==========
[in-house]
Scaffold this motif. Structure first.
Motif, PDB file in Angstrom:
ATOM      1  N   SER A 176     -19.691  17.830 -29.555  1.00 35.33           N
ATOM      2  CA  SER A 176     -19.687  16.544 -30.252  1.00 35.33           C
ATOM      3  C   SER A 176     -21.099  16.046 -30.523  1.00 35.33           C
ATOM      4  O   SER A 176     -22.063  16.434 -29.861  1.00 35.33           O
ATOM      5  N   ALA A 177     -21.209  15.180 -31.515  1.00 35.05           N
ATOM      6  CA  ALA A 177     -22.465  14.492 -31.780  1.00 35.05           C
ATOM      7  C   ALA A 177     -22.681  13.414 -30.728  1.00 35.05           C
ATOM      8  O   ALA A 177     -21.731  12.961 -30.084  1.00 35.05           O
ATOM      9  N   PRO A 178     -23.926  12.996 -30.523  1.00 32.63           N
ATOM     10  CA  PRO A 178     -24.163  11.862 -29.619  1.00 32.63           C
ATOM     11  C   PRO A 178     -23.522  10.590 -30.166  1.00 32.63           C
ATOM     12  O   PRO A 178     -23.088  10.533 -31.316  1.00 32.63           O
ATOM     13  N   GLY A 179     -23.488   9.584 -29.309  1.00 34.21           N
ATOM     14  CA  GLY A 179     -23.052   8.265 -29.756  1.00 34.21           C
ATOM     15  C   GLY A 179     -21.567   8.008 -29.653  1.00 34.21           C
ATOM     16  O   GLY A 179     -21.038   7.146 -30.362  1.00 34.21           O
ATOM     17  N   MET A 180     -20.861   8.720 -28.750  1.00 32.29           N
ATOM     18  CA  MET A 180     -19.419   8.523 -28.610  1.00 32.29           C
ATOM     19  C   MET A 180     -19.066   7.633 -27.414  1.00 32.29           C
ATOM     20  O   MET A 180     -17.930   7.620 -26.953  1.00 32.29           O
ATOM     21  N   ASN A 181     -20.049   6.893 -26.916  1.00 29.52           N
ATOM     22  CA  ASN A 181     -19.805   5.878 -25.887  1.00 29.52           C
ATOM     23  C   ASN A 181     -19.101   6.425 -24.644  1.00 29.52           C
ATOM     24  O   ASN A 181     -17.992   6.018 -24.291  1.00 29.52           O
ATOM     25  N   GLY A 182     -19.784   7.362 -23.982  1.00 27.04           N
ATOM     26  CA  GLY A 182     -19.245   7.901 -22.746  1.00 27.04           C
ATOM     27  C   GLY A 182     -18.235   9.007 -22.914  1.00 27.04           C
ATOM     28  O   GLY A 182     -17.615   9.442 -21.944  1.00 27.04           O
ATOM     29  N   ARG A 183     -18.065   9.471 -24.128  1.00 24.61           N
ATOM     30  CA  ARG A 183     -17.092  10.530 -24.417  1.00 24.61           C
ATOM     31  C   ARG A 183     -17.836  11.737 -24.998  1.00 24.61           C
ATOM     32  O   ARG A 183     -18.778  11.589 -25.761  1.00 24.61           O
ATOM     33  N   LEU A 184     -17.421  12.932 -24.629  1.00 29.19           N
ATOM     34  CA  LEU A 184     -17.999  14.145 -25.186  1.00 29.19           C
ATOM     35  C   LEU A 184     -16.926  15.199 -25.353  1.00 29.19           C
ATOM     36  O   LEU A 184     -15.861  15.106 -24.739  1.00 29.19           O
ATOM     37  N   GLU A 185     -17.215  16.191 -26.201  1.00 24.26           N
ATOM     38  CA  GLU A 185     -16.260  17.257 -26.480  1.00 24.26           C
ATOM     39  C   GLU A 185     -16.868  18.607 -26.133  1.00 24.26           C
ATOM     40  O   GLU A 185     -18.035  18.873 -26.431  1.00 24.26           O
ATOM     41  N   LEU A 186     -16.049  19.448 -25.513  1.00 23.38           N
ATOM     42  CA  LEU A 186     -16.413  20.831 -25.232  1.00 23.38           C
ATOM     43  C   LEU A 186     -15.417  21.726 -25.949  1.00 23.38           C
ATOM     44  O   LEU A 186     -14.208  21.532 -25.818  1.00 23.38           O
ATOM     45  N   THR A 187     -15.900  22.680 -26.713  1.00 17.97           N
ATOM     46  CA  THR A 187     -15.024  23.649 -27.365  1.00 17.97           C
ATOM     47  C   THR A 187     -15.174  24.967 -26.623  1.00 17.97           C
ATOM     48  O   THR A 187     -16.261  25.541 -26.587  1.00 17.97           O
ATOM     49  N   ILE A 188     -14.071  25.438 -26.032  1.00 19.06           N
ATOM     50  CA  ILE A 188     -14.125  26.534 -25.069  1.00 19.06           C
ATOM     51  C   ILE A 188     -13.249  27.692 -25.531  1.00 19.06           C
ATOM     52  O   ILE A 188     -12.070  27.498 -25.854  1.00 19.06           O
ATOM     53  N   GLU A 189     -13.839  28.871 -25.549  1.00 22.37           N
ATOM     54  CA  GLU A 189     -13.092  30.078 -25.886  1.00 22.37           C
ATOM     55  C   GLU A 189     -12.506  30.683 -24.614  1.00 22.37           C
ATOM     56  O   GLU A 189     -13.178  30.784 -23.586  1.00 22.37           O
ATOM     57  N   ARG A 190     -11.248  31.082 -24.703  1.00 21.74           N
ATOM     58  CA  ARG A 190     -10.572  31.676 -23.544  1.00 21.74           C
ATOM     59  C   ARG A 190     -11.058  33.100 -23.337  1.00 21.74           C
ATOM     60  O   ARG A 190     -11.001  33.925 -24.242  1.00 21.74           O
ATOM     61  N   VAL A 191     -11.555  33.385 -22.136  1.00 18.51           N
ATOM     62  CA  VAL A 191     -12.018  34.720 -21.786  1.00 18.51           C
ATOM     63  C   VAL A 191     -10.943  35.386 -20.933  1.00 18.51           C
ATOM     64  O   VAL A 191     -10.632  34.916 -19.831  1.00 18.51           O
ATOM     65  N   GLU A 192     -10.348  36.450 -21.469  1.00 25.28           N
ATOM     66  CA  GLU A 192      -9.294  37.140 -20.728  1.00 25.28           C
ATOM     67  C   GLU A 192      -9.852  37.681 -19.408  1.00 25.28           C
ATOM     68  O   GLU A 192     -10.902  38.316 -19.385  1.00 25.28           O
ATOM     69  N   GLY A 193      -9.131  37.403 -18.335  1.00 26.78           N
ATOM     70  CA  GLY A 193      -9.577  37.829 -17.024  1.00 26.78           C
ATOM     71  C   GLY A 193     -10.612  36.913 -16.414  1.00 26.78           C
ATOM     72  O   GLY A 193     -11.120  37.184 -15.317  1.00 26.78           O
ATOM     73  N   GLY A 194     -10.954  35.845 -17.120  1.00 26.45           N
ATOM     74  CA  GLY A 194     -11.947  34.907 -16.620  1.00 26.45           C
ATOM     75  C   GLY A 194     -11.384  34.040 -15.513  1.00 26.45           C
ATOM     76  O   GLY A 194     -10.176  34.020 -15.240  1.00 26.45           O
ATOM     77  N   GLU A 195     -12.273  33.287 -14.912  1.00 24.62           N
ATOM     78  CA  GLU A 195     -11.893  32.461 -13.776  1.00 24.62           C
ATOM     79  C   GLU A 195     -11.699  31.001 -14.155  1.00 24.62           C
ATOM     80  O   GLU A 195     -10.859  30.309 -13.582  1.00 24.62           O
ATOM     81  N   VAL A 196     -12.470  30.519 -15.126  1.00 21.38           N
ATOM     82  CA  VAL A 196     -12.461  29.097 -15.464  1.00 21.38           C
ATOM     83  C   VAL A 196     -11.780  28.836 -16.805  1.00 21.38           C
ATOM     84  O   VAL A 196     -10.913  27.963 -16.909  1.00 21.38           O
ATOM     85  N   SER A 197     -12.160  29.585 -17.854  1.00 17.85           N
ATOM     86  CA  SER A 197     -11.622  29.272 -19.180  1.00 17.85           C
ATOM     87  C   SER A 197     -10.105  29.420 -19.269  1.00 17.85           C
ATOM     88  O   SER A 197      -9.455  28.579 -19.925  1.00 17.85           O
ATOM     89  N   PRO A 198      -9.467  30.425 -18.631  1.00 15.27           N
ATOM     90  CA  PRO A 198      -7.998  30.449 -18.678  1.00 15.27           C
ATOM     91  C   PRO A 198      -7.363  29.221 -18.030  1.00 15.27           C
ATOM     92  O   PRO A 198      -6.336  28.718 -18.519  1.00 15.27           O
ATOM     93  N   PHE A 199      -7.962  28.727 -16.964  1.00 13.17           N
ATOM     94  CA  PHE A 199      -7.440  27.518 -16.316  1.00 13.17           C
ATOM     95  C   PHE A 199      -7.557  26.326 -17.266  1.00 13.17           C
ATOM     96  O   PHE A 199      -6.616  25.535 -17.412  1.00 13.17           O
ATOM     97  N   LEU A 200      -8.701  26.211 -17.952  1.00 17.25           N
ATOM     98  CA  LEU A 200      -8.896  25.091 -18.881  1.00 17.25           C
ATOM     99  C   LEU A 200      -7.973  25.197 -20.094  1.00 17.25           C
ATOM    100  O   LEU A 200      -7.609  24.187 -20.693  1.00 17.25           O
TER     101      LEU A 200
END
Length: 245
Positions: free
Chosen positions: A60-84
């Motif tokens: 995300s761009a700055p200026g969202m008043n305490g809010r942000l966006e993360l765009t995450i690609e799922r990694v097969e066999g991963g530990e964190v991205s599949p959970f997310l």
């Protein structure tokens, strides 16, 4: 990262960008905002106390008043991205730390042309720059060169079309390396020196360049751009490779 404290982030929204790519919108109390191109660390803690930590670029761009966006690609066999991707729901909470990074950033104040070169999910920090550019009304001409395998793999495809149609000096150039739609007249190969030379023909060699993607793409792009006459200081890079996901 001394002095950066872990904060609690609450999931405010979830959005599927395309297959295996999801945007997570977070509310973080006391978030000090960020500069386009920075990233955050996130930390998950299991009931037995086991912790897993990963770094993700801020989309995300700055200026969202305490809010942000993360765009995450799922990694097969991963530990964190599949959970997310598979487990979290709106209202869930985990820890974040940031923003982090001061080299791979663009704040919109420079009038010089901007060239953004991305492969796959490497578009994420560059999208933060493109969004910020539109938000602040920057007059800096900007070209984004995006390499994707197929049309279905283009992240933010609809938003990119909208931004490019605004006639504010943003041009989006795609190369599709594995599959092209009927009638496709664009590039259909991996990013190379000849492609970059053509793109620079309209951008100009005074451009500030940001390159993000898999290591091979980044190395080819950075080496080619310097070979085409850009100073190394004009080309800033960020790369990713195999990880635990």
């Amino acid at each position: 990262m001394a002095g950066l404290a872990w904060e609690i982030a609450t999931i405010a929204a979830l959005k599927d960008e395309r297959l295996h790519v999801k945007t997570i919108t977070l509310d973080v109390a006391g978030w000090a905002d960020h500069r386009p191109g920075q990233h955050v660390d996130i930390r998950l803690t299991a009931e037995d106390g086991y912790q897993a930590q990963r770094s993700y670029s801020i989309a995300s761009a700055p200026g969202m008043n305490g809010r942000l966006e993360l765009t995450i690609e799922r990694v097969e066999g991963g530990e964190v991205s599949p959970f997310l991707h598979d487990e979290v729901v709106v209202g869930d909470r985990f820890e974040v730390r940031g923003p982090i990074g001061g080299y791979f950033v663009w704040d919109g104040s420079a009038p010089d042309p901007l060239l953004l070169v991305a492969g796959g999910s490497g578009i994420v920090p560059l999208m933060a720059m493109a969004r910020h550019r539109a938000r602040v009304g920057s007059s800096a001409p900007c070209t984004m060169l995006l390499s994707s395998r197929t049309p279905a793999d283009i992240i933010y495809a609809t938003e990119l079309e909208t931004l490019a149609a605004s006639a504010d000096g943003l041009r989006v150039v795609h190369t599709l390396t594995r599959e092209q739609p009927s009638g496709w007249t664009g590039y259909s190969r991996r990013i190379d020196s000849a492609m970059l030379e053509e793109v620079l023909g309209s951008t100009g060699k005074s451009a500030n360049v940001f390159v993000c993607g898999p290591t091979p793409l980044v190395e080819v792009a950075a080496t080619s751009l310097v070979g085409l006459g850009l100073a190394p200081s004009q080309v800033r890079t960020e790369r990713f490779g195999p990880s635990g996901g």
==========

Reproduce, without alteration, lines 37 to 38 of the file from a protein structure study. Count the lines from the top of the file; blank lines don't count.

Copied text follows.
ATOM     34  CA  LEU A 184     -17.999  14.145 -25.186  1.00 29.19           C
ATOM     35  C   LEU A 184     -16.926  15.199 -25.353  1.00 29.19           C